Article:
I’m fortunate to have two dogs who get me out into the North Florida woods almost every morning, and before they came into my life, there were other dogs who got me out into the woods in other parts of the country. Here’s a poem inspired by a northern New England forest, originally published here.
From the Hemlock Trenches
Dear hemlocks, I sit writing your names
on paper soon to be sent back to the pulp mills.
Last night’s condensation froze. The element
of ice and the element of morning sun
meet in your needles’ interstices,
where the invasives will feed.
I sit writing the dream out
of ice, asking if I may go
with it, back into the air.
The forest has changed, meaning it has changed me.
One form for expressing grief in poetry is the elegy. It started in the Classical period of Western history as a form using a metrical pattern called elegiac couplets: the first of two lines in dactylic hexameter and the second line in dactylic pentameter. The subject, originally, was not necessarily grief. To see an example, check out elegiac couplets in English by John Donne .
Today, poets write poems they call elegies that do not follow any formal pattern. Formalists, of course, might say those poems are not elegies at all.
In deep grief, the arc of writing or reading a poem can be a way to come up for air. That is what I was looking for in this poem, originally published in Eclectica magazine.
Elegy for Christina
When you were seven, I took you out too far
into Ogeechee’s deep, seducing current
and swimming back, your bird-claw fingers choked
my neck. I stooped to prayer: please, God, no stupid
accident. We reached the riverbank. I laughed
as if there’d been no danger, so you could
keep on swimming. For years, you kept to the shoreline,
and grew to be the girl we thought would make
it, the one whose gentleness
we praised, the one whose un-
polluted urine her sisters brought
to their probation officers, the one
we thought immune from stupid accidents.
Some days, grief keeps me looking inward,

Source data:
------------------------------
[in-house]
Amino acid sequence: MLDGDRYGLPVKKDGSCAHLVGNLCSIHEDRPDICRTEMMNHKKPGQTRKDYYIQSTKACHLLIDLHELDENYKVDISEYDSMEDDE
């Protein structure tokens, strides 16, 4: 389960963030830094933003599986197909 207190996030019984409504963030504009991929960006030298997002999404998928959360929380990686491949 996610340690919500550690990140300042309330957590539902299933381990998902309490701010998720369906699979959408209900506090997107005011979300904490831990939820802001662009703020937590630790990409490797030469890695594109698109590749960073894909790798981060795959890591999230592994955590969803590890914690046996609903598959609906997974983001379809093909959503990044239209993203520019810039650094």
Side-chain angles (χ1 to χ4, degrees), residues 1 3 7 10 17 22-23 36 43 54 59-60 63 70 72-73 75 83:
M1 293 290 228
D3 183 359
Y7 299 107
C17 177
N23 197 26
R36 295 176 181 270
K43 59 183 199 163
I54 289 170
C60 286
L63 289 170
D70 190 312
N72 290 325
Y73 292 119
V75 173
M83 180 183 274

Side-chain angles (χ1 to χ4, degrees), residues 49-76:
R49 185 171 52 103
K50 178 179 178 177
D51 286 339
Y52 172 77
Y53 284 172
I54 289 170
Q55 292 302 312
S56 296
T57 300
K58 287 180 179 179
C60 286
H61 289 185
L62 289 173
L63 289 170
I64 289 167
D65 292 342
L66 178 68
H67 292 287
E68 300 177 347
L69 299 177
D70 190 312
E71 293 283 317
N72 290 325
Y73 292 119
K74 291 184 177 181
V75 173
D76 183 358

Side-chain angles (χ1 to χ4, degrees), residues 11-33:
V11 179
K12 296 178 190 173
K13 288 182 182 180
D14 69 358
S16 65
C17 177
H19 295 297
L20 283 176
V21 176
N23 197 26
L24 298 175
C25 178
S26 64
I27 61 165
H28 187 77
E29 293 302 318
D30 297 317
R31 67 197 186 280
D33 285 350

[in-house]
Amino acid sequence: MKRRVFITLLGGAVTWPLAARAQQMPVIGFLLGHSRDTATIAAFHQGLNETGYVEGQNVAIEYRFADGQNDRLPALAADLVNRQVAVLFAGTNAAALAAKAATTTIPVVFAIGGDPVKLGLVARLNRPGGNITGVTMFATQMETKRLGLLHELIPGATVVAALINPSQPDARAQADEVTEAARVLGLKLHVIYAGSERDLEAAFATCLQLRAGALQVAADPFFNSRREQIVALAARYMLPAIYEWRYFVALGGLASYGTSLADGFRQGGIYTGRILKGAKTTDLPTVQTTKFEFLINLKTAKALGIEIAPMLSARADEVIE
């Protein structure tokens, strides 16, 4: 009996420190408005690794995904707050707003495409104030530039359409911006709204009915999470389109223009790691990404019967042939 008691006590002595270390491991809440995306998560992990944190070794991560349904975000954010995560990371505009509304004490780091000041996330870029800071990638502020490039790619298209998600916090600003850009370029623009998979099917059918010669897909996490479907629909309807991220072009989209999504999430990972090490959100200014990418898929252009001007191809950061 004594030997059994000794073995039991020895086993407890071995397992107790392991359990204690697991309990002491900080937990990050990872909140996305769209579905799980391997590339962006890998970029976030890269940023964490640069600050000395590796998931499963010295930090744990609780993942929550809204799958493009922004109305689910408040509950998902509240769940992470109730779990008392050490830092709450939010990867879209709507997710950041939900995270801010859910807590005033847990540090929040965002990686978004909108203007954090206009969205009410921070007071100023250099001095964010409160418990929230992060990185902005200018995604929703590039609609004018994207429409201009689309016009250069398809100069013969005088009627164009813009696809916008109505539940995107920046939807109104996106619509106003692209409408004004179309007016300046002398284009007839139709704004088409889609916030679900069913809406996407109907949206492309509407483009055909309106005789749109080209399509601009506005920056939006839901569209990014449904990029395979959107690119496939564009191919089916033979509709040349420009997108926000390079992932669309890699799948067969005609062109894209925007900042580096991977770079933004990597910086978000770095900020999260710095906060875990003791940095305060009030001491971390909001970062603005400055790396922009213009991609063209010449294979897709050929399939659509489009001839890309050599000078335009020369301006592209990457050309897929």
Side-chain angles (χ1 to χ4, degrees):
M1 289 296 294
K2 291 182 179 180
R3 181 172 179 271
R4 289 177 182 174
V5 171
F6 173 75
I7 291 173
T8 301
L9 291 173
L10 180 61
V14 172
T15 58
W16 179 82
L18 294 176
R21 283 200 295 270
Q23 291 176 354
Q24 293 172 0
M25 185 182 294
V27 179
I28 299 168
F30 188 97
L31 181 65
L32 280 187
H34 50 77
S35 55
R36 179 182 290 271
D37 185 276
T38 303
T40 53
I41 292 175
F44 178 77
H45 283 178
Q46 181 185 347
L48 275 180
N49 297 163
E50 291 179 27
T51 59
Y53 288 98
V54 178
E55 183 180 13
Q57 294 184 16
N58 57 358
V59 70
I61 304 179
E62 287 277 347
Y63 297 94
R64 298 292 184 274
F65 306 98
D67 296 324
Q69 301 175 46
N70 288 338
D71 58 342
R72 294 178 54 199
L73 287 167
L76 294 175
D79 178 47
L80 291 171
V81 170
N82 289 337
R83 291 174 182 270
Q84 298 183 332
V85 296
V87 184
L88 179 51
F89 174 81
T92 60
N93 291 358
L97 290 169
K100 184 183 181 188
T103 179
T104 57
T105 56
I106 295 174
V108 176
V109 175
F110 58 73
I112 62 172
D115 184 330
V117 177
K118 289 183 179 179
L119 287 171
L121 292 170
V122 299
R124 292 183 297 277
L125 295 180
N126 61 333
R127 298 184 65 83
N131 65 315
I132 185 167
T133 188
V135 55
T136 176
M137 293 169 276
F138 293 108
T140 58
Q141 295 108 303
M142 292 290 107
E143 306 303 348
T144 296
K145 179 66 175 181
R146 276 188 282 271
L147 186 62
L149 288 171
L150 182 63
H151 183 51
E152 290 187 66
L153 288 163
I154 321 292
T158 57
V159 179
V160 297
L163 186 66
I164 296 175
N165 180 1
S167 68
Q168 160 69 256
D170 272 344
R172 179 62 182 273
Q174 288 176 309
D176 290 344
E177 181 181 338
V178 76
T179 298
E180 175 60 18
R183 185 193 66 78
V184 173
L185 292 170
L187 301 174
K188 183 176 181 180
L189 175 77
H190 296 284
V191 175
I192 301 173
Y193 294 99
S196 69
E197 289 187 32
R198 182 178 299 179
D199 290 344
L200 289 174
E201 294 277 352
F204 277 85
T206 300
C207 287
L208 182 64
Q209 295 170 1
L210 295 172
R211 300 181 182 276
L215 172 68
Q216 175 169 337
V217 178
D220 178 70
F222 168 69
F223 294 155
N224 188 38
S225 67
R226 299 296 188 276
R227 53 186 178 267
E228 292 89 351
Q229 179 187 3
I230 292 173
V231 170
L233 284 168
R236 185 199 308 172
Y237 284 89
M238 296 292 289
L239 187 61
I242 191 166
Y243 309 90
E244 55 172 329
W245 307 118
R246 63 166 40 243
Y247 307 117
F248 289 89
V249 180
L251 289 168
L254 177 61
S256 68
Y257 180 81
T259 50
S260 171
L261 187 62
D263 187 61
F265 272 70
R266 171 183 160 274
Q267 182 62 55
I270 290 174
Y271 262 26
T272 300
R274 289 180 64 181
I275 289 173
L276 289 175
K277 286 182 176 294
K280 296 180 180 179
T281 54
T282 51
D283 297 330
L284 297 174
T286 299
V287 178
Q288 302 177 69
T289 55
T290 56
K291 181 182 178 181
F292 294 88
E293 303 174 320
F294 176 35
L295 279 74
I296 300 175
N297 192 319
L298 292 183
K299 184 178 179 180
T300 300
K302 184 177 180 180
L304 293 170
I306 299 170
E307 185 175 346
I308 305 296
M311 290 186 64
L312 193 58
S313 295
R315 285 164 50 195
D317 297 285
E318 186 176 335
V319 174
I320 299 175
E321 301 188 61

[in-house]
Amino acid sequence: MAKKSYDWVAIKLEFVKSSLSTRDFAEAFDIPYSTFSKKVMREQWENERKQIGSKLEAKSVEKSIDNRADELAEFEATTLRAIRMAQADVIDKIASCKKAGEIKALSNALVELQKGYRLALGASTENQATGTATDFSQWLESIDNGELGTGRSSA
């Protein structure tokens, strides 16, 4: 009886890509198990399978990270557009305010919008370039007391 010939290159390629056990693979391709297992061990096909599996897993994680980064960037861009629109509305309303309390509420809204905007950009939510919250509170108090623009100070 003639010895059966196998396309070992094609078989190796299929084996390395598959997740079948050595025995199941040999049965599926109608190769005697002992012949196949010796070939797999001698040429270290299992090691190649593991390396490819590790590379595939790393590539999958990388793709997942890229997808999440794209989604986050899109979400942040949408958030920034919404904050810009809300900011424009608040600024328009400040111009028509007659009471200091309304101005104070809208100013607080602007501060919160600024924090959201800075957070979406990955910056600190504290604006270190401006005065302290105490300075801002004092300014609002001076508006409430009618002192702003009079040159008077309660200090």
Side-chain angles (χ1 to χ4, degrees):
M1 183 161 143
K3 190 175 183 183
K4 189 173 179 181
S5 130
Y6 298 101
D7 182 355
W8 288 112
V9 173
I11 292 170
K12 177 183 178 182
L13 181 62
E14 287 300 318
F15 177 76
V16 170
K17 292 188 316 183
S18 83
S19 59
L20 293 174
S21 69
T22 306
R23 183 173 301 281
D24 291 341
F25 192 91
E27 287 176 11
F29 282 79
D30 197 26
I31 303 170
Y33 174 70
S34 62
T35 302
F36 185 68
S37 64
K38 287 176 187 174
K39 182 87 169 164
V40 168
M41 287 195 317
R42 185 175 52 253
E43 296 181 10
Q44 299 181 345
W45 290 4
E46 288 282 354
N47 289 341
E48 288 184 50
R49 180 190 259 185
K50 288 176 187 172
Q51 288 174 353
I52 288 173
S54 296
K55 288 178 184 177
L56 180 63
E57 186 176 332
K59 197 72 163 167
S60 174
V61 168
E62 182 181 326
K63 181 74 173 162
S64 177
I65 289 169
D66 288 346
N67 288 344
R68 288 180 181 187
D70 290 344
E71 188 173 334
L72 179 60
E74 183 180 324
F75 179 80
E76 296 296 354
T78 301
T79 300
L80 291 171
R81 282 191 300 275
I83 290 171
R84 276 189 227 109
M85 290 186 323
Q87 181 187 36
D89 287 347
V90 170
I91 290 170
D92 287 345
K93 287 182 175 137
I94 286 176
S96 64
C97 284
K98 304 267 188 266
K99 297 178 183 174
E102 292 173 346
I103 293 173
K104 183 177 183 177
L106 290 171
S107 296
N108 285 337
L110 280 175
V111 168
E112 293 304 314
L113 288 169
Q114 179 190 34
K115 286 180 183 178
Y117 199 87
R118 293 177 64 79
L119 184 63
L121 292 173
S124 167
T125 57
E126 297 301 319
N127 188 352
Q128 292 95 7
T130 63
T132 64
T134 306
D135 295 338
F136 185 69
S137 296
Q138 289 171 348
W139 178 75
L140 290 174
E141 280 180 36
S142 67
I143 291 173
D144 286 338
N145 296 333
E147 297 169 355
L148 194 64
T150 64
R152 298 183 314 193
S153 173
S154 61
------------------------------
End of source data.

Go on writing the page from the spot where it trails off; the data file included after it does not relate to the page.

even when I hear the cranes’ migration,
and I dive back twenty years to swim the river
and hold you in the current, to stop
your transformation into a woman
overdosing, choking on her vomit.
It’s only now I can admit
we reached the riverbank so many years ago
as easily as windblown chaff
because we were the chaff.
The husk you left behind has burned and sent its smoke
into the atmosphere. Trumpets call me to look up.
I don’t expect the angels. Sandhill cranes
arrow over pine barrens toward the open prairie, lifted
on prevailing winds, following the one way clear to them.
Maybe it’s my affinity for repetition that leads me to make the same mistakes over and over again!
Sestinas don’t have to repeat a rhythm or meter or rhyme scheme. They only need to repeat the same end-words in six stanzas of six lines each, and then include the six end words in a three-line envoi at the end of the poem. It sounds easier than adhering to a strict meter and rhyme pattern, but I agree with a poet-friend who said “the sestina is the road to insanity.” Try it at your peril.
Here’s one that was published earlier this year in Stirring. The repeated words are killing, understand, might, case, keep, and manage. You can give yourself more flexibility with this form if you choose words that have more than one meaning. The sestinaform seemed to fit my subject: scientific experiments which seek to create a reproducible result. This issue of Stirring was edited by Caseyrenee Lopez.
We do it in 10×10 meter plots, killing
the hemlocks to understand
what loss and succession might
look like, in case
the wooly adelgid keeps
advancing north. Will we manage
the loss the way we manage
these plots, in incremements — killing
slowly, girdling tree trunks to keep
the sap from rising up? Will we understand
what makes each tree’s case
unique? One girdled hemlock might
die over winter, another might
hang on for years, or even manage
grim survival. They run on tree-time, a case
of willingness to wait. Killing
them slowly may help us understand
which life forms will keep
rising up as the hemlocks keep
dying. But how might
we predict any outcome? Under one stand
of hemlocks, we manage
insect collection with pitfall traps and a killing/
preserving solution encased
in plastic. To monitor cases
of deer-browse impact, we keep
exclosures so the deer won’t kill
the regrowth. We create scenarios: we might
lose the south, the north, but manage
the east, the west, as we understand
them now, or seasons as we understand
them. Should someone make the case
that time’s advance prohibits managing
the future, that we can’t keep
up with change? That it’s silly to insist we might
keep the old growth safe, once the killing
insects manage to come north? What might